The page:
The bell tolled again as Felipe mounted the last set of stairs, an orange-striped tabby cat brushing his leg. Cats were as plentiful in the missions as tales of hauntings. They were necessary and so too were the little access doors they had in every room. Without them, rats would overrun the place. And with the thought of rats . . .
Joaquin, you little scamp, I love you as if you were my own, but if it is you again? thought Felipe, picturing the dark-haired ten-year-old hauling on the rope in the belfry. As he climbed, a little out of breath, his head now hanging low, Felipe nearly stumbled over a young neophyte in a cotton jacket sprawled on a high step, snoring blissfully, oblivious to the ringing bell a dozen feet over his head. A bowl next to the snoozing man sported the remains of an early and austere meal: fruit, soup, milk and bread. Life here was not one of sangrias and fandangos. A few marked playing cards drifted from the sleeping man's sleeve. As the best card player in the mission, Felipe noted this man's face well, and vowed never to play a hand against him.
Felipe finally cleared the landing -- and found himself peering at the wide-eyed, well-scrubbed face of the mission's youngest and most skittish brother.
"Brother Ignacio?" asked Felipe.
The young monk spun, the bell rope flying through his twitchy pale fingers as he faced the mission's curator. Its last toll was now a dull echo.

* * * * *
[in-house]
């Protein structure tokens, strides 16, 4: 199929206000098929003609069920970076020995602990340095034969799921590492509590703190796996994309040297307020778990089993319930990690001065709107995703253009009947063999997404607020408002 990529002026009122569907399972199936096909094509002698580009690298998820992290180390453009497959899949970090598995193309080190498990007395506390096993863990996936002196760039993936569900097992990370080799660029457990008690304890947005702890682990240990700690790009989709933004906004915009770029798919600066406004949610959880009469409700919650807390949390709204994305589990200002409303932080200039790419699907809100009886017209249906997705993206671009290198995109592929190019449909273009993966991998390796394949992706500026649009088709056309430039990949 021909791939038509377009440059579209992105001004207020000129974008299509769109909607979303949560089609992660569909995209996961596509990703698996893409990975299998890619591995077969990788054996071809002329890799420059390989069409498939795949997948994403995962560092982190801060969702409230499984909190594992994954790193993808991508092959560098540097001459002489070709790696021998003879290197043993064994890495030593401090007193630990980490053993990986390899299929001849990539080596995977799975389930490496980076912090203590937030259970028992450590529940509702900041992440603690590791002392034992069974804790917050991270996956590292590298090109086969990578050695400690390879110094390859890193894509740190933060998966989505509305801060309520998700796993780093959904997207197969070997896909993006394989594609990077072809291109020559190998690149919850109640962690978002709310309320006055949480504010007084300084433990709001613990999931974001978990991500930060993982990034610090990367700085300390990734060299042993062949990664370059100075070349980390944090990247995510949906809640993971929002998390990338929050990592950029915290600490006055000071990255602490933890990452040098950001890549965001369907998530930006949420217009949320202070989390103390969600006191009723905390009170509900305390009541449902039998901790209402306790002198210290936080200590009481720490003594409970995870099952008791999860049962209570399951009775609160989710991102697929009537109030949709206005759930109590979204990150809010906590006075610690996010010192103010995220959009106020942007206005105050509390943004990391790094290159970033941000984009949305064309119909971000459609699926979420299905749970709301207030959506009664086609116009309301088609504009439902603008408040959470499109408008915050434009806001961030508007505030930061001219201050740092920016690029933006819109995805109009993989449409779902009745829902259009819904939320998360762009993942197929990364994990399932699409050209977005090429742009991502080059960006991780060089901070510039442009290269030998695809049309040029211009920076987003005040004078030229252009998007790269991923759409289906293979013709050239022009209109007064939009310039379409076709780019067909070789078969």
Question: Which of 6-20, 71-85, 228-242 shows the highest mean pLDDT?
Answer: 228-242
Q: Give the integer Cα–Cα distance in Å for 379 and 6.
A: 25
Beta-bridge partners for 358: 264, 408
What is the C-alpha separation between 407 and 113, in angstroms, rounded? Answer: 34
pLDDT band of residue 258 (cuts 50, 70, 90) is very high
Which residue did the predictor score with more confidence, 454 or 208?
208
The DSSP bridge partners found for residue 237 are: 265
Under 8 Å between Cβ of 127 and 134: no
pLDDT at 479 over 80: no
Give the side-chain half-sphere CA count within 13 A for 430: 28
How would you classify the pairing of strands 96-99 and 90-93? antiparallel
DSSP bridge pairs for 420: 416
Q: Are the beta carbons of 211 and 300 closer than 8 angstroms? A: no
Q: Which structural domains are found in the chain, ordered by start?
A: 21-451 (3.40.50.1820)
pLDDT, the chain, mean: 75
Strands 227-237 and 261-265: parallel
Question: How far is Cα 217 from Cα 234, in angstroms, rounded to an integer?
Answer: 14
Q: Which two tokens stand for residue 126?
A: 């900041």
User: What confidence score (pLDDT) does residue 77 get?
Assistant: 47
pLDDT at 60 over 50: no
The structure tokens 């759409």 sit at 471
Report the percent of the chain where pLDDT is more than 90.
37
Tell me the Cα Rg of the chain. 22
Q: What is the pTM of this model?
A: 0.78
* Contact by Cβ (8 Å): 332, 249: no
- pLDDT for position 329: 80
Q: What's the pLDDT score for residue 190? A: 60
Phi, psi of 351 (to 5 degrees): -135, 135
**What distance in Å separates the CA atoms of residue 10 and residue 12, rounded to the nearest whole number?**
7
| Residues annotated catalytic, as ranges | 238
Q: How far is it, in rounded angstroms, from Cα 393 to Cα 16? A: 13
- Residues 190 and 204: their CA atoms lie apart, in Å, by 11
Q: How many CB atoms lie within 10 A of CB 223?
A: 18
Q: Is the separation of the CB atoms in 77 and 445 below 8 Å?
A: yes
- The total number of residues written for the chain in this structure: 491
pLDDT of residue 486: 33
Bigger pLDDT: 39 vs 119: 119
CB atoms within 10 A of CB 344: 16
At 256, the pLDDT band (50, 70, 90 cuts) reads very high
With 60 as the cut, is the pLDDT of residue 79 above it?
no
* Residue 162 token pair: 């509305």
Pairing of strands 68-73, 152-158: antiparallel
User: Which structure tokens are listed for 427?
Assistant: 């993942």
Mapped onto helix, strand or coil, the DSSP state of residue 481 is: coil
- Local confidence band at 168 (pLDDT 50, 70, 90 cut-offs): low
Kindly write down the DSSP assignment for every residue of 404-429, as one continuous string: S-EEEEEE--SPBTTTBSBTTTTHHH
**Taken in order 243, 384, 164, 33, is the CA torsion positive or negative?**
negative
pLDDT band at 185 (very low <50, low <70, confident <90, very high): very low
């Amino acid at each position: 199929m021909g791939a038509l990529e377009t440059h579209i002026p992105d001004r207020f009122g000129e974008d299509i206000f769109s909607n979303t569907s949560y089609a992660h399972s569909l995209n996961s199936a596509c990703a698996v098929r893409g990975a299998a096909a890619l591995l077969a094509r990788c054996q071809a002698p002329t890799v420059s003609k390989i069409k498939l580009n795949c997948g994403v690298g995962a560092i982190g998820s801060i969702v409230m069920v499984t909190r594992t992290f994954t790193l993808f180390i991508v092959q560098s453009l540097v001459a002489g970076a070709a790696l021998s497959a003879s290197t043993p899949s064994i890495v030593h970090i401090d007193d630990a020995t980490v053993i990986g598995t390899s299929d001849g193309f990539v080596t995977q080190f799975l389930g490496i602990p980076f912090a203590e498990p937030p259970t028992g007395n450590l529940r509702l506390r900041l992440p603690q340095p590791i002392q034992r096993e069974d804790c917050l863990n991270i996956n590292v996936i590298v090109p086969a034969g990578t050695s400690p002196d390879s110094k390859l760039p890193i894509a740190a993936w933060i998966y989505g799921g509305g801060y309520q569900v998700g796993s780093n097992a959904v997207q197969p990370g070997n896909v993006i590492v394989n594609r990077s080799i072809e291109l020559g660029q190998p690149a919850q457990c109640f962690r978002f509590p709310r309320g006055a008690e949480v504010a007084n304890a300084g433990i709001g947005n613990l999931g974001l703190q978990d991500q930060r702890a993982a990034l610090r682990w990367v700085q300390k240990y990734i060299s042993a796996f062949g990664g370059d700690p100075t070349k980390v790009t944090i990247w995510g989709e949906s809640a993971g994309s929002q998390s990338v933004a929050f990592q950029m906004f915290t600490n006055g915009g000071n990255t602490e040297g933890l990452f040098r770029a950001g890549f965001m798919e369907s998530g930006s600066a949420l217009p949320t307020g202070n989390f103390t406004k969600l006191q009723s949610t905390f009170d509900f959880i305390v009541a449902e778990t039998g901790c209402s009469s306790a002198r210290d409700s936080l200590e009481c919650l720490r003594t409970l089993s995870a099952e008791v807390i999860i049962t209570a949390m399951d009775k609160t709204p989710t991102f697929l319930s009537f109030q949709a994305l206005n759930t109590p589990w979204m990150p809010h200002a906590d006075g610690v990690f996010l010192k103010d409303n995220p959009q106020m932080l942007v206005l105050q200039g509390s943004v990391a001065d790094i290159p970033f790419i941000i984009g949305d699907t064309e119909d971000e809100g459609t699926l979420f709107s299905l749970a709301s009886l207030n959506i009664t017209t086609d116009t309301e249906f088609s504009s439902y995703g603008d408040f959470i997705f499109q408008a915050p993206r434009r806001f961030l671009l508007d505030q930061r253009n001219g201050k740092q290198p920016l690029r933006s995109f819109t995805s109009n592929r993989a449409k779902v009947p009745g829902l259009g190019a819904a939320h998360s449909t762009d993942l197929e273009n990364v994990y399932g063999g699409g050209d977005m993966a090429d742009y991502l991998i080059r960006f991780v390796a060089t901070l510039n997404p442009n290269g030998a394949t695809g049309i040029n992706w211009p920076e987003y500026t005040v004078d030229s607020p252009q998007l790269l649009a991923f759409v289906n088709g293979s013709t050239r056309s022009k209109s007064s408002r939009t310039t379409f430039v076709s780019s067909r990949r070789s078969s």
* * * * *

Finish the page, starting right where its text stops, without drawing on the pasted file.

"What are you doing?" questioned Felipe, struggling to keep his tone mild.
"Five rings, Fray Felipe," explained the short, roundfaced Brother Ignacio earnestly. "To summon Zorro in case there's trouble."
Fray Felipe. Not Brother Felipe, as it might be said in English, the language they had all promised to speak from now on. Ignacio was an educated man, a fresh recruit from Felipe's alma mater on the Isle of Mallorca. Yet he could be so thick upon occasion.
I come to serve, I come to serve, Felipe chanted in his mind, begging the Lord for patience.
Releasing his frustration, Felipe gently patted Ignacio's shoulder. "If I know Zorro . . . he's already here."
Leaning closer to the campanario, Felipe peered into the sea of excited faces below. Many looked up expectantly, as if Felipe might tell them why Zorro was being summoned, if some threat they could not yet see was moving among them. Felipe shooed them back to what they had been doing. His searching gaze scoured the wide street, which swarmed with hundreds who formed long lines to cast their votes today. Red, white and blue flags decorated the plaza. Patriotic buntings flapped in the afternoon breeze near a banner that demanded, "VOTE TODAY!"
The orange glow of the waning yet still bright sun told them that the voting would end soon, and the voice of the California people would at last be heard.
"Freedom," Felipe whispered, crossing himself.
Excerpted from The Legend of Zorro by Scott Ciencin Copyright © 2005 by Scott Ciencin.
Excerpted by permission.